My challenge to become a better endurance athlete by running 2000 miles in a year is now complete. I want to take what I have learned and apply it to road cycling. I am not a beginner on a bike and based on my two Ironman 70.3 performances, I am more suited to cycling than I am running, but running has taken over this year, and I have never been a great cyclist. My choice of an arbitrary annual distance as a performance goal was to produce consistency in my training; I want to take this consistency and use it to achieve an outcome goal and get fast.
So, I have an incomplete problem: I want to get fast on the bike. But what is fast, and how can I measure it to create a plan to get there?
In planning and policy, a wicked problem is a problem that is difficult or impossible to solve because of incomplete, contradictory, and changing requirements that are often difficult to recognize. It refers to an idea or problem that cannot be fixed, where there is no single solution to the problem; and “wicked” denotes resistance to resolution, rather than evil. Another definition is “a problem whose social complexity means that it has no determinable stopping point”. Moreover, because of complex interdependencies, the effort to solve one aspect of a wicked problem may reveal or create other problems.Wikipedia
An effective way of addressing an incomplete problem is to use the principles of Problem-Based Learning (PBL). PBL is a team-based teaching practice, so I will create a team using friends who ride bikes or have useful knowledge for collaborative research. Inspired by the Change through challenge course, I will time-bound this project to a common university module’s size of 200 hours (20 credits) and give myself five months. Problem-Based Learning begins with trigger material, such as a case study or journal article and has four steps:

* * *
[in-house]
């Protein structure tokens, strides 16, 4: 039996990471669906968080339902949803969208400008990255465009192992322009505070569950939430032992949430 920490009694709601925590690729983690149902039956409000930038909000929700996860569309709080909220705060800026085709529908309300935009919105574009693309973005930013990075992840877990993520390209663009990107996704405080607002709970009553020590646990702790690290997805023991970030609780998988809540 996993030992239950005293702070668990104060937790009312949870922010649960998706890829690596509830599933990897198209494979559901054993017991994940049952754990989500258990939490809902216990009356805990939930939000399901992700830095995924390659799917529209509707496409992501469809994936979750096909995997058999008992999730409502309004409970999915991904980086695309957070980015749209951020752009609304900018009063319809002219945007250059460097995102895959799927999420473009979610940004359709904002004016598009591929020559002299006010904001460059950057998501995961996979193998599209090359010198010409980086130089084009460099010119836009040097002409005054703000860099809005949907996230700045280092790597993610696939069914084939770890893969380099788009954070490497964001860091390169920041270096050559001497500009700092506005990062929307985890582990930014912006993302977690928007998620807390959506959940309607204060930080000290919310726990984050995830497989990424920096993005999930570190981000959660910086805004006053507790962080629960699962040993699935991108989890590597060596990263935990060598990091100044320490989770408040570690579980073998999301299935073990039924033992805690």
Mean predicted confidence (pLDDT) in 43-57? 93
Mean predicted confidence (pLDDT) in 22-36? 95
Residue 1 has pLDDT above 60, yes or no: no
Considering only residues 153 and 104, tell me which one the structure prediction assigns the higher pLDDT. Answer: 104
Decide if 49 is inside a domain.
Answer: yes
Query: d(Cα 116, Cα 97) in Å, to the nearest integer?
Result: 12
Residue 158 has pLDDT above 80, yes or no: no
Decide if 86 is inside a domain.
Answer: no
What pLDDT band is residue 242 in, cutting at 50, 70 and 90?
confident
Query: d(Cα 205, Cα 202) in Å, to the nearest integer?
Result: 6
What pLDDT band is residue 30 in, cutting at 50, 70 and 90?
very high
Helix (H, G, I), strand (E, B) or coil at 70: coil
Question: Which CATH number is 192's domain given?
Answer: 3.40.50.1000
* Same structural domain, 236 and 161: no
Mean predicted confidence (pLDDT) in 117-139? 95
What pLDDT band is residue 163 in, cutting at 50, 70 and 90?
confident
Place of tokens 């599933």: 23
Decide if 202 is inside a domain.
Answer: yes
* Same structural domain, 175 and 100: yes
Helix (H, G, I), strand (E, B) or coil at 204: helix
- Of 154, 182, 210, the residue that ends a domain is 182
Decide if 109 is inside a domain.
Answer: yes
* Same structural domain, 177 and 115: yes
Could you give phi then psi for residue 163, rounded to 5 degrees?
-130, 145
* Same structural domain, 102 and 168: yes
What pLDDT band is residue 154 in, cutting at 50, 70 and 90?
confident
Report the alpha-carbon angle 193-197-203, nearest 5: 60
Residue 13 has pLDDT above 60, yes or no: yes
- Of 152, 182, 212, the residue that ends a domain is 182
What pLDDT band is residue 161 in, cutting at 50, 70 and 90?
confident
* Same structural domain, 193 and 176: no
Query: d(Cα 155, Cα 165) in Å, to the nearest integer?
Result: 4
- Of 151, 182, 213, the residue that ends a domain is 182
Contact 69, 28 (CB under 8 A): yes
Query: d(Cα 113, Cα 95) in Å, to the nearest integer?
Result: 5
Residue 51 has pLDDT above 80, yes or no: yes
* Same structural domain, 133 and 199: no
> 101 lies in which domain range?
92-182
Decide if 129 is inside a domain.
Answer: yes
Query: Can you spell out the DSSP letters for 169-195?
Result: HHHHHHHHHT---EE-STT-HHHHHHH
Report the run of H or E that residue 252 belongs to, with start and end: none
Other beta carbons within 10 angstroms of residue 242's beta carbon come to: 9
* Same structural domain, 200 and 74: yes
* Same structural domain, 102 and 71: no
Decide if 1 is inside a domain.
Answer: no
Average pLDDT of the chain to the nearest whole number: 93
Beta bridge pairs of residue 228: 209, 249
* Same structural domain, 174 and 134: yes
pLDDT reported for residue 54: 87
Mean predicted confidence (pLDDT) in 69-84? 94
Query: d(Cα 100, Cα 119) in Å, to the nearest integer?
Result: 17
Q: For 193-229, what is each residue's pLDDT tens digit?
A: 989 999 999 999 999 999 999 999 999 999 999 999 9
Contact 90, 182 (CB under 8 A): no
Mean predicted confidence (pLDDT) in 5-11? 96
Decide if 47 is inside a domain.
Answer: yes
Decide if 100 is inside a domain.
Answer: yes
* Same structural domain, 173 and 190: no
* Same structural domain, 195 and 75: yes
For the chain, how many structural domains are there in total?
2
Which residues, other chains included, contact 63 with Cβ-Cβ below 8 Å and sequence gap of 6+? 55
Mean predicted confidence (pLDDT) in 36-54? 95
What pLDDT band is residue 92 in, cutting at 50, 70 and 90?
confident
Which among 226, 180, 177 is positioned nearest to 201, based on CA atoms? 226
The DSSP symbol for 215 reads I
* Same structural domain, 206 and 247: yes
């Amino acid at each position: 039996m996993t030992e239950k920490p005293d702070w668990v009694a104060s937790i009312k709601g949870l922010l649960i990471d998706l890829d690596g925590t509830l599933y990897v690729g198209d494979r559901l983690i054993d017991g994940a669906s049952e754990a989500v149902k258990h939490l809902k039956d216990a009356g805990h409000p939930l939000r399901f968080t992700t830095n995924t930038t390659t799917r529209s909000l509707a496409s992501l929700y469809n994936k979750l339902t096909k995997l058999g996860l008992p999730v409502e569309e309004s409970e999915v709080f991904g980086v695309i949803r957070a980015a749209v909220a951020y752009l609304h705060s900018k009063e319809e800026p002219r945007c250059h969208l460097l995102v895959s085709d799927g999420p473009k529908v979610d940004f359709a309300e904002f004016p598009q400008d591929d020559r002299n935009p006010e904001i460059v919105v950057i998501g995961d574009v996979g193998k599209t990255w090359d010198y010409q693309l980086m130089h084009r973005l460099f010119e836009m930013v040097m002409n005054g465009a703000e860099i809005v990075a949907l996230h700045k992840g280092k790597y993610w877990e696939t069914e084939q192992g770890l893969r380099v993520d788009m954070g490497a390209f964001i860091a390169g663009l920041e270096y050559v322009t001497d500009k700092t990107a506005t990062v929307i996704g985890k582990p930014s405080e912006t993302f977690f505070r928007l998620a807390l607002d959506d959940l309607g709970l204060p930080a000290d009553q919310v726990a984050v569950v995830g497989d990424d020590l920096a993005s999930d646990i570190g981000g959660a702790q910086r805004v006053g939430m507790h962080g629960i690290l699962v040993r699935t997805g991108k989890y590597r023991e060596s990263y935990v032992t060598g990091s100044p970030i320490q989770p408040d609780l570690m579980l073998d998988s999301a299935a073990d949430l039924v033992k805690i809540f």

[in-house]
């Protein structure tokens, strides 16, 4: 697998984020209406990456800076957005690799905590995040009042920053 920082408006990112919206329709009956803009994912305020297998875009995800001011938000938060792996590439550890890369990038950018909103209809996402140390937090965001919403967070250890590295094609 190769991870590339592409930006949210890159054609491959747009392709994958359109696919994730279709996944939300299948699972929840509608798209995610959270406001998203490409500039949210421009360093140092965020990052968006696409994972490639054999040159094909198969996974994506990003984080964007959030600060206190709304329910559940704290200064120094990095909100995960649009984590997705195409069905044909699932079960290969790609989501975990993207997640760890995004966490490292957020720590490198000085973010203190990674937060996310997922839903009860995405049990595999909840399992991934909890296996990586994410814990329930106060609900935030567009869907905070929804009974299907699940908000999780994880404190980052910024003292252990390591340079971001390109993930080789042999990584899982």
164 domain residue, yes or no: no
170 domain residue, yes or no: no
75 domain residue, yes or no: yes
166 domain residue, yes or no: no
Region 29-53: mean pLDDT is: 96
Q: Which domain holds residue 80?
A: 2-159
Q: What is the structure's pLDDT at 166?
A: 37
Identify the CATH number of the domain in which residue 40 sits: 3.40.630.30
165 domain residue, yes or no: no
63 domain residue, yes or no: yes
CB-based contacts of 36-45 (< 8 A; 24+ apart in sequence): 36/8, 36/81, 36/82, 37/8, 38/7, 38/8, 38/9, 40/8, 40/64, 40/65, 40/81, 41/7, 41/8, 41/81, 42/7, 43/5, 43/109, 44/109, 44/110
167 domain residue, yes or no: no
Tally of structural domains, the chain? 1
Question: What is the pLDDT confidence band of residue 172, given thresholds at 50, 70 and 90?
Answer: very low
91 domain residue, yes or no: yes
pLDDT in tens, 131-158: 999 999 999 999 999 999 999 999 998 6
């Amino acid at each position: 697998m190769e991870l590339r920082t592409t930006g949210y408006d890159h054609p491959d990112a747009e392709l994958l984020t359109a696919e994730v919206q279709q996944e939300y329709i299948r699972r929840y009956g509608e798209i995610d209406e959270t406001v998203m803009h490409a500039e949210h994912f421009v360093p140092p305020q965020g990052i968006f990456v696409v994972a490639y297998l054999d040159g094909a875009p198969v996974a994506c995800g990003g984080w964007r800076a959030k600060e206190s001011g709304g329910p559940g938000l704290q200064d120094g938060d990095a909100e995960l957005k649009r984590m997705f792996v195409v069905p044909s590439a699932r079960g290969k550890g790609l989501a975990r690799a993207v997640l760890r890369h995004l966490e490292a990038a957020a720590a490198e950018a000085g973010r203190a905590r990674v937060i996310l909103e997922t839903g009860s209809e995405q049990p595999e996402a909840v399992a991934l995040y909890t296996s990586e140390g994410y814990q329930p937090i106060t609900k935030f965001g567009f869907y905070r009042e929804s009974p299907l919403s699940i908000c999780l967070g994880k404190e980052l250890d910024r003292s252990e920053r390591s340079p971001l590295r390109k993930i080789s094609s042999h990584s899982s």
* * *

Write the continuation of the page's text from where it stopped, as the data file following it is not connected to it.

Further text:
- Step 1: Define the problem
- Step 2: Draw up the plan
- Step 3: Implement the plan
- Step 4: Evaluate the plan
The following is an article by Dr Andrew Coggan, the co-author and scientist behind the book Training and Racing with a Power Meter. The post defines fast based on a scientific approach to an average joe’s natural potential.
If the average Joe works their ass off how far can they get?: 3.9 W/kg
The average healthy but sedentary, college-aged male has a VO2max of approximately 45 mL/min/kg. However, I have seen it argued based on studies of, e.g., aboriginal tribes (and there are population data from Europe as well as military inductees here in the US to support the conclusion) that the “default” VO2max of the average human male is closer to 50 mL/min/kg, and the only way to get below this is to assume a couch-potato lifestyle, gain excess weight, etc. (and/or grow old, of course). So, I’ll go with that latter number.
With short-term training, VO2max increases by 15-25% on average, with another perhaps 5-10% possible (on average, anyway) with more prolonged and/or intense training. That gives a total increase of 20-35%, so I’ll go with 30% just for argument’s sake.